There was a place for every person on this collective art project that created art, banners, and signage for the Women’s March on Montpelier and Unity Rally. It was like and an artistic potluck with many hands painting on cloth and cardboard and stitching on fabric with multiple colors. Brothers and sisters working side-by-side are just magical.
One of our very own Vermont marchers has been chosen as a National Youth Ambassador for the Women’s March’s across the country. Kiran Waqar is one of the 29 girls in this position, and we are thrilled to have her here in Vermont for our March on Montpelier January 21st.
The Women’s March on Washington (WMW) is proud to launch its WMW Youth Ambassador program specifically targeting the activism, interests and unique perspectives of our child, adolescent, and teenage populations.
“I wanted to get involved with the Women’s March for many reasons. I know the current political climate and everything happening in the world — it’s especially important to take action. I knew that the Women’s March was going to make a change and start a conversation and it’s imperative that youths get involved. We are the next generation, and if we don’t get involved now, we may be stuck with a world we don’t believe in. I got involved with the Woman’s March because I know it’s my chance to amplify my voice for something I believe in.” — Kiran Waqar
You can catch Kiran performing with the Muslim Girls Making Change during the Unity Rally.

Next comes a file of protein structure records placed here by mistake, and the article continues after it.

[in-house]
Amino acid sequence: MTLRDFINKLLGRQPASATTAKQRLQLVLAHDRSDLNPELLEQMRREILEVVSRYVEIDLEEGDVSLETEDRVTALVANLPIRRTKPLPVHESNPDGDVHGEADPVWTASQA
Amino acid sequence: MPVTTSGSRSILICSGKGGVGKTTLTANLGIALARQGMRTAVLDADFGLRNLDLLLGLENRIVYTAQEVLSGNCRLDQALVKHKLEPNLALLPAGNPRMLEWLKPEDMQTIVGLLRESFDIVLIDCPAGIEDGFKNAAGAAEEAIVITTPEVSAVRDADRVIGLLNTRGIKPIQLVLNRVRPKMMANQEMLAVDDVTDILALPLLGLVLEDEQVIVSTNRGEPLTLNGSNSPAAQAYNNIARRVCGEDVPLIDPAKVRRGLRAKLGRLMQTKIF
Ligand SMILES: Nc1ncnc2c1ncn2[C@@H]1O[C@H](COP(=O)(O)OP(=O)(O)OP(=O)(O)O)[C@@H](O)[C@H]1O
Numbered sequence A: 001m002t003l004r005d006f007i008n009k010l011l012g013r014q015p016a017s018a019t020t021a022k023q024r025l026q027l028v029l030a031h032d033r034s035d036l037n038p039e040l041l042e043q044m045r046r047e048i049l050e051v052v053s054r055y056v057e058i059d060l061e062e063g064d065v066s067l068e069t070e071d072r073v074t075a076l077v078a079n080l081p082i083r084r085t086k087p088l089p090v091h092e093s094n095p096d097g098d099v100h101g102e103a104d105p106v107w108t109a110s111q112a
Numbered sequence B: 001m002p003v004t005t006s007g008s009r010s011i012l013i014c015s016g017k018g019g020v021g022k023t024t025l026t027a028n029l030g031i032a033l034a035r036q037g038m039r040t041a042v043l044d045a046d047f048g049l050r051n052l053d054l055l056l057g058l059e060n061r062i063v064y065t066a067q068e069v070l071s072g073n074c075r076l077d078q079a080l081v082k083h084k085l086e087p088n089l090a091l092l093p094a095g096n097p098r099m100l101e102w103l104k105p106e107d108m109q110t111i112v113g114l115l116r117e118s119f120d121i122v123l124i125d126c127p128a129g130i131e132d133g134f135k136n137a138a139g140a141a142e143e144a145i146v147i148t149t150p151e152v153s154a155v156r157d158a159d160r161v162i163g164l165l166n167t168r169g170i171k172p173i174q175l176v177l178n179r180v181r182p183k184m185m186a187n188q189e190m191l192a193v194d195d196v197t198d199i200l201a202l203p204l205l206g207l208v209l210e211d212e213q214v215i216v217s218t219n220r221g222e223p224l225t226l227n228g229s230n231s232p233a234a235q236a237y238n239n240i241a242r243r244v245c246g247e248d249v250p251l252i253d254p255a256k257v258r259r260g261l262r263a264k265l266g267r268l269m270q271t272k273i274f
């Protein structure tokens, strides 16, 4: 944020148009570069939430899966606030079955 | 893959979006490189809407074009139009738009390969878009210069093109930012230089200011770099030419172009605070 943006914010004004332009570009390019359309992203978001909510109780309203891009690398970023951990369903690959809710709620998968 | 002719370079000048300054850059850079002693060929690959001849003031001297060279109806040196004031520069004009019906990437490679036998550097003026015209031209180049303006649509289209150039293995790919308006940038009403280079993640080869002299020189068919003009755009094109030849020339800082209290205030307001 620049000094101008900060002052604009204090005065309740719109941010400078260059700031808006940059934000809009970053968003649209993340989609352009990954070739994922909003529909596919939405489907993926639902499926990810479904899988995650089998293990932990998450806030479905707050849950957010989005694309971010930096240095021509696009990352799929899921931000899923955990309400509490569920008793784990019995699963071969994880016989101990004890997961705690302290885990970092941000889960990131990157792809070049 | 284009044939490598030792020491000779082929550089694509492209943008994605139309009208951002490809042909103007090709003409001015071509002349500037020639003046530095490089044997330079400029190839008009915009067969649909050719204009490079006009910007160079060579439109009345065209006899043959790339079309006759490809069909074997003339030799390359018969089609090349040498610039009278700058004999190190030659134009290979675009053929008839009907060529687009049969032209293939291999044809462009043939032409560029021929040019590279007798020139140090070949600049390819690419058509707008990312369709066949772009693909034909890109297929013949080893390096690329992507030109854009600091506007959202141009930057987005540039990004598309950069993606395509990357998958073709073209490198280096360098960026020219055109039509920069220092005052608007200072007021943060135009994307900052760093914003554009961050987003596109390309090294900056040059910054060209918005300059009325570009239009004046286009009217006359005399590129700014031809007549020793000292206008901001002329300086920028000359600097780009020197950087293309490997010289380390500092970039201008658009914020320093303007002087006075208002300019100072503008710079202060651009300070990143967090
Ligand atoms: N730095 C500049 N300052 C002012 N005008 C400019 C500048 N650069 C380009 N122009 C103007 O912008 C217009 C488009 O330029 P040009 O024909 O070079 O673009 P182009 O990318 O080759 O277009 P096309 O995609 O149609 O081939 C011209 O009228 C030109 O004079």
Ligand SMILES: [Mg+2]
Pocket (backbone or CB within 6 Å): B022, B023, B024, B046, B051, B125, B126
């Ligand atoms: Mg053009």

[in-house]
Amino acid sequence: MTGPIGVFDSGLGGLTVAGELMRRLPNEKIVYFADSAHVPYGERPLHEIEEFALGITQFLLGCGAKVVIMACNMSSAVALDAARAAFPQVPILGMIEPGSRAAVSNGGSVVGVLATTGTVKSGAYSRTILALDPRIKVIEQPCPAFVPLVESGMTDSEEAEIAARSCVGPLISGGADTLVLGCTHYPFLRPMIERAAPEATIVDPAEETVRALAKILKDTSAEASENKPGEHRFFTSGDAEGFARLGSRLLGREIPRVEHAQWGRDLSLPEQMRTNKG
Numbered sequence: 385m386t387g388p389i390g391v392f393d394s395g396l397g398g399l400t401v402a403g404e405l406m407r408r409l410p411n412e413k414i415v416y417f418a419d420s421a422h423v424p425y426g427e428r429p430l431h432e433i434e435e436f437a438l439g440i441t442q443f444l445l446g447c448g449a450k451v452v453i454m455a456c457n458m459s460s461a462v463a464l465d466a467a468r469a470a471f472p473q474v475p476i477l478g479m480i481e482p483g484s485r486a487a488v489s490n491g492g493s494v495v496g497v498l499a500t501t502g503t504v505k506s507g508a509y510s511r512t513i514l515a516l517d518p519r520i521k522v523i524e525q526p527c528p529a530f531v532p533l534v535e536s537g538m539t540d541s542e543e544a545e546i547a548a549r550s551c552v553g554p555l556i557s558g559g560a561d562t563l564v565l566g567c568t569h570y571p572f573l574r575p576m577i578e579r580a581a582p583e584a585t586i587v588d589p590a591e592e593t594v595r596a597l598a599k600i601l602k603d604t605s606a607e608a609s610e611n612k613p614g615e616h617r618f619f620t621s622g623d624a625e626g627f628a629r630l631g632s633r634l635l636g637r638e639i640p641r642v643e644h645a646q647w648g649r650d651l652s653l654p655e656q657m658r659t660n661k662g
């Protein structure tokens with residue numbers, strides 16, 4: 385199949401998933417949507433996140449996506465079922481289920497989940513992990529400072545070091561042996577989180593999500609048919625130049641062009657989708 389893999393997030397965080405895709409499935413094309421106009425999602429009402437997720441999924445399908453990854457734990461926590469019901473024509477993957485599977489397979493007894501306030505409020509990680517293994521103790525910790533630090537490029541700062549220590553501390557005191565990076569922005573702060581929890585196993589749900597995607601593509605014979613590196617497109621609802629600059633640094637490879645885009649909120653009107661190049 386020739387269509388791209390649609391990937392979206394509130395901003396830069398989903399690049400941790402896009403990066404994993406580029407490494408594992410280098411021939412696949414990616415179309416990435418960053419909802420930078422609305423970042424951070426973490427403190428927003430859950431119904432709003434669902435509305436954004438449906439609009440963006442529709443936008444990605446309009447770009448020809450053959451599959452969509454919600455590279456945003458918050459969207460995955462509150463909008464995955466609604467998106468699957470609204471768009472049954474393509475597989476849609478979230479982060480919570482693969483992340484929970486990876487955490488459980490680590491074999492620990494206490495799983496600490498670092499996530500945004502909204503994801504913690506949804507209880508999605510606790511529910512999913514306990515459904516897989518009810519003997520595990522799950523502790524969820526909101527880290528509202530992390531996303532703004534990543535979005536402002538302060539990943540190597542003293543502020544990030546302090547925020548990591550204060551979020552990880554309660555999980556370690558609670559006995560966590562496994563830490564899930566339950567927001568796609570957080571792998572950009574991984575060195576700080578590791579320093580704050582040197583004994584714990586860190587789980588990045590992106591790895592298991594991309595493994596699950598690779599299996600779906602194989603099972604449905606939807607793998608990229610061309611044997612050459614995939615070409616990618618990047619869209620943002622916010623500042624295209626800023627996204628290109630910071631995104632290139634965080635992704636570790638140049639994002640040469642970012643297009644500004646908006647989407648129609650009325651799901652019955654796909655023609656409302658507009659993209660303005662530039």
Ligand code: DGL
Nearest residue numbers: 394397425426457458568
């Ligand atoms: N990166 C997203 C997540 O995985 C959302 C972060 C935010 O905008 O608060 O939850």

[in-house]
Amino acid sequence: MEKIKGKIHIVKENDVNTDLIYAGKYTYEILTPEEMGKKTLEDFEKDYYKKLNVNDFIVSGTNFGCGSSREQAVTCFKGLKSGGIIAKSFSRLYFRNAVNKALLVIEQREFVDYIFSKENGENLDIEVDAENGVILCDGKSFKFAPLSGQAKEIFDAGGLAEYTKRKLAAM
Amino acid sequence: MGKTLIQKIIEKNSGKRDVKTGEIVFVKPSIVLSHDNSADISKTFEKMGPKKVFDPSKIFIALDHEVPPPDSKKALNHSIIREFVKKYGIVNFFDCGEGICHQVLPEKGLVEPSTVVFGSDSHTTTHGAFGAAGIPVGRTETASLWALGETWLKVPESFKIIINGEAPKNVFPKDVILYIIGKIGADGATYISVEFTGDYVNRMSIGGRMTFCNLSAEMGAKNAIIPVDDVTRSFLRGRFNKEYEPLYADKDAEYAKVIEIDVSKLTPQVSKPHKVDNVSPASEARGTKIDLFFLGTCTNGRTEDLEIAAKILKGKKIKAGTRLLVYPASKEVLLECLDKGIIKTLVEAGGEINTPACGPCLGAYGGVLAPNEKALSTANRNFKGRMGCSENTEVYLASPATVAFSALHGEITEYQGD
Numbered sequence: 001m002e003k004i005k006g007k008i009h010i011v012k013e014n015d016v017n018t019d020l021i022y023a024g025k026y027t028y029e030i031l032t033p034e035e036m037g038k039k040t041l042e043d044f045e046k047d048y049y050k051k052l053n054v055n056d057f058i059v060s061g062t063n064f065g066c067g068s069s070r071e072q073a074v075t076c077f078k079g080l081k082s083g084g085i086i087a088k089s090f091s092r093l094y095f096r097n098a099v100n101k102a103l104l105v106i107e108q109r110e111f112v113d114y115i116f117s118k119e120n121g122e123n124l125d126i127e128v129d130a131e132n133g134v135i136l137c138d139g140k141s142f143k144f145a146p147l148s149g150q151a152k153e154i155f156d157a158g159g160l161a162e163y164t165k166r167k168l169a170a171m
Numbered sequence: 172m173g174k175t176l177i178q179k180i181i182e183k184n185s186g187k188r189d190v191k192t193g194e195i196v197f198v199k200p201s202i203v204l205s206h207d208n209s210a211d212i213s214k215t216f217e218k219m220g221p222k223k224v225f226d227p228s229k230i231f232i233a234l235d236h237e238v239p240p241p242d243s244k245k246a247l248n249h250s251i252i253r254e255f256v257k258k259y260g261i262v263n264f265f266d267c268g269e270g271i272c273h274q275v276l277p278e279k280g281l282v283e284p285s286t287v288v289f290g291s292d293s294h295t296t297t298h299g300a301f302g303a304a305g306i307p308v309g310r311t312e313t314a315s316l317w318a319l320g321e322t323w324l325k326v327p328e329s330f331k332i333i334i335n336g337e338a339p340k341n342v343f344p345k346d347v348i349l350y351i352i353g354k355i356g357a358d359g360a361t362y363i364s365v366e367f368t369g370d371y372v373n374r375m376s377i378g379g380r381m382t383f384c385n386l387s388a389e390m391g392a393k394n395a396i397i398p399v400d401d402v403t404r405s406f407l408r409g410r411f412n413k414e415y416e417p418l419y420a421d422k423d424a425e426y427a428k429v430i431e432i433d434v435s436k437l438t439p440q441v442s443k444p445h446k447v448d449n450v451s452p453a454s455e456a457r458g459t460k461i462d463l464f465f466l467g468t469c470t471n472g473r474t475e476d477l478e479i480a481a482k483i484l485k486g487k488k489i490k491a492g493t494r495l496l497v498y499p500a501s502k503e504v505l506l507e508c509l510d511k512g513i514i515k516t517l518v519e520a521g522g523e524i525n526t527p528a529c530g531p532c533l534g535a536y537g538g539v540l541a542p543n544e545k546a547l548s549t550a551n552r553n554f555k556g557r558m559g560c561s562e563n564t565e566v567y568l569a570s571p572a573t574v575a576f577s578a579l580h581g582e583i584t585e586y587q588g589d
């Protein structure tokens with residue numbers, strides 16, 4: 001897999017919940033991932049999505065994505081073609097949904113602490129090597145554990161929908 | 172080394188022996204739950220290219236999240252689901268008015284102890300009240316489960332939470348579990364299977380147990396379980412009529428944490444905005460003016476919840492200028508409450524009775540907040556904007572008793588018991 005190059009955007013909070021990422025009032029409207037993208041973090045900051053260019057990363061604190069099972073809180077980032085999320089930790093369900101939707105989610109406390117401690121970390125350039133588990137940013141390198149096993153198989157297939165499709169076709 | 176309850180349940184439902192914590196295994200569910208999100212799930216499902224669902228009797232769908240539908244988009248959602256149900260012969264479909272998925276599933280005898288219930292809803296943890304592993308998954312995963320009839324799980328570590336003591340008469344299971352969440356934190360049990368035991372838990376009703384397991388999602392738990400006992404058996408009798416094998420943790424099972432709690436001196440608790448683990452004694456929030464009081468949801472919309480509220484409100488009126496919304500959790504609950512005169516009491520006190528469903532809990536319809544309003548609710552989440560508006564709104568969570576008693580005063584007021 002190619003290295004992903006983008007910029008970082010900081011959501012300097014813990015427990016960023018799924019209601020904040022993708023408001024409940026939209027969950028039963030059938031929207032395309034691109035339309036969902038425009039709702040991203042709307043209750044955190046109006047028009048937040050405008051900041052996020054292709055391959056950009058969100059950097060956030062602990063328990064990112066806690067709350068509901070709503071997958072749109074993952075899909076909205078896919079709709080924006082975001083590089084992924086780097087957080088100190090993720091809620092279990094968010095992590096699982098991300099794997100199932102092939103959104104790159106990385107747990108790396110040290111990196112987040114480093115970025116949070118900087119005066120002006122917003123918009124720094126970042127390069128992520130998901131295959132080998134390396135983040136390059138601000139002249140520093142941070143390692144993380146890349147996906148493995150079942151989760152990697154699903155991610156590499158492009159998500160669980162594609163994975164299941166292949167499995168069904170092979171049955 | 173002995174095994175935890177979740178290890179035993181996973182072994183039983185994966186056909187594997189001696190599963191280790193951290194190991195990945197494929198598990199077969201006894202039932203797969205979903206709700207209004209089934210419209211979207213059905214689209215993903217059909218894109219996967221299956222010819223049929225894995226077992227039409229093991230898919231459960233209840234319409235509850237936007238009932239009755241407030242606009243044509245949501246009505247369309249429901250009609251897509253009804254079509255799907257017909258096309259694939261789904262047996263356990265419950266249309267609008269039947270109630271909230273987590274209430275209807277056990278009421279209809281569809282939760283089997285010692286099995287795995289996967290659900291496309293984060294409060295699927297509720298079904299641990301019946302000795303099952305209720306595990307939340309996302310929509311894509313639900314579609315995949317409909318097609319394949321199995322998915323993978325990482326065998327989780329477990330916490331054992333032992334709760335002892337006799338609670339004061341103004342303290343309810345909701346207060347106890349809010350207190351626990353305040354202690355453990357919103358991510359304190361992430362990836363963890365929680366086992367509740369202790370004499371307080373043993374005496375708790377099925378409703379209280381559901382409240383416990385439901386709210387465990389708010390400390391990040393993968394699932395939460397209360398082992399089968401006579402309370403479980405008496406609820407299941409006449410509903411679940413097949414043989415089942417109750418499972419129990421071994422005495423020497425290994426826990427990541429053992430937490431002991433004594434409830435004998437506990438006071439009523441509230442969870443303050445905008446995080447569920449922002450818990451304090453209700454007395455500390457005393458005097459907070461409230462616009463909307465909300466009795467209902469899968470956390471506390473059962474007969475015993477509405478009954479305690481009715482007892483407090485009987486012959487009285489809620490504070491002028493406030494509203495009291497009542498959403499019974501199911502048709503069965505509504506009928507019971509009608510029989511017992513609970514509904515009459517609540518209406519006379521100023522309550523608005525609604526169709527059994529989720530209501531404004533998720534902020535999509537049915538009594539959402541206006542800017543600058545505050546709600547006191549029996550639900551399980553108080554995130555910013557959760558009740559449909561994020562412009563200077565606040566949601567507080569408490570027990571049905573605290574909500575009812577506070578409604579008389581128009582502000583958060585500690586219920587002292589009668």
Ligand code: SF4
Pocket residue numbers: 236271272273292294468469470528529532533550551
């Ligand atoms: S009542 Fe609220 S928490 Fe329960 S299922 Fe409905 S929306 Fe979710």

Muslim Girls Making Change (MGMC) is a youth-led group created by Hawa Adam, Kiran Waqar, Lena Ginawi, and Balkisa Abdikadir. They are dedicated to social justice through poetry. Since forming these girls have competed at international levels, done shows all around Vermont, and have made a real difference. You can learn more about them at their website: muslimgirlsmakingchange.weebly.com
Many hands made great banners, signs, and artwork on Saturday, January 14 for the Women’s March and Unity Rally.
My NBC 5, Jauary14, 2017: http://www.mynbc5.com/article/vermonters-create-signs-ahead-of-women-s-march-and-unity-rally/8599745
Just one week ahead of the Women’s March and Unity Rally in Montpelier, Vermonters gathers in Burlington to create banners, signs and artwork. For some, the rally represents a show of resistance toward the incoming administration of Republican President-elect Donald Trump.
“We’re not just going to sit by idly and let all the progress we’ve made for women, health care, race relations, economic equity, you name it,” Wendy Hess, who is going to the march in the District of Columbia, said. “We aren’t going back 10 or 15 years, we are going forward.”
For others, seeing how many people are going together to rally gives hope for a brighter future.
“We really see this as a time to set a road for people coming together, organizations, for the next 4 years,” organizer Bonnie Acker said. “It’s about justice, equality, inclusion, and a safety net for all. Everyone has a voice. How do we get those voices together?”
The Vermont Women’s March and Unity Rally is next Saturday in Montpelier. Organizers describe it as a march for parity, equality and justice for all women, and a rally for social, economic and environmental justice for all.
Watch WCAX’s news coverage and see Vermonter’s create signs for the Women’s March on Montpelier.
It didn’t take long for organizers to begin planning protests against Donald Trump after his election. One of the largest movements has been sparked by an online campaign and calling for crafty creations to make a statement.
There’s a project calling for custom-made hats to be worn the weekend of Trump’s inauguration. Organizers are using a typically unpopular color to get attention.
Yarn stores around the state may be filled with lots of colors, but one has been selling a lot more than others. Watch WCAX’s news coverage to learn “Why pink yarn is flying off the shelves in Vermont”.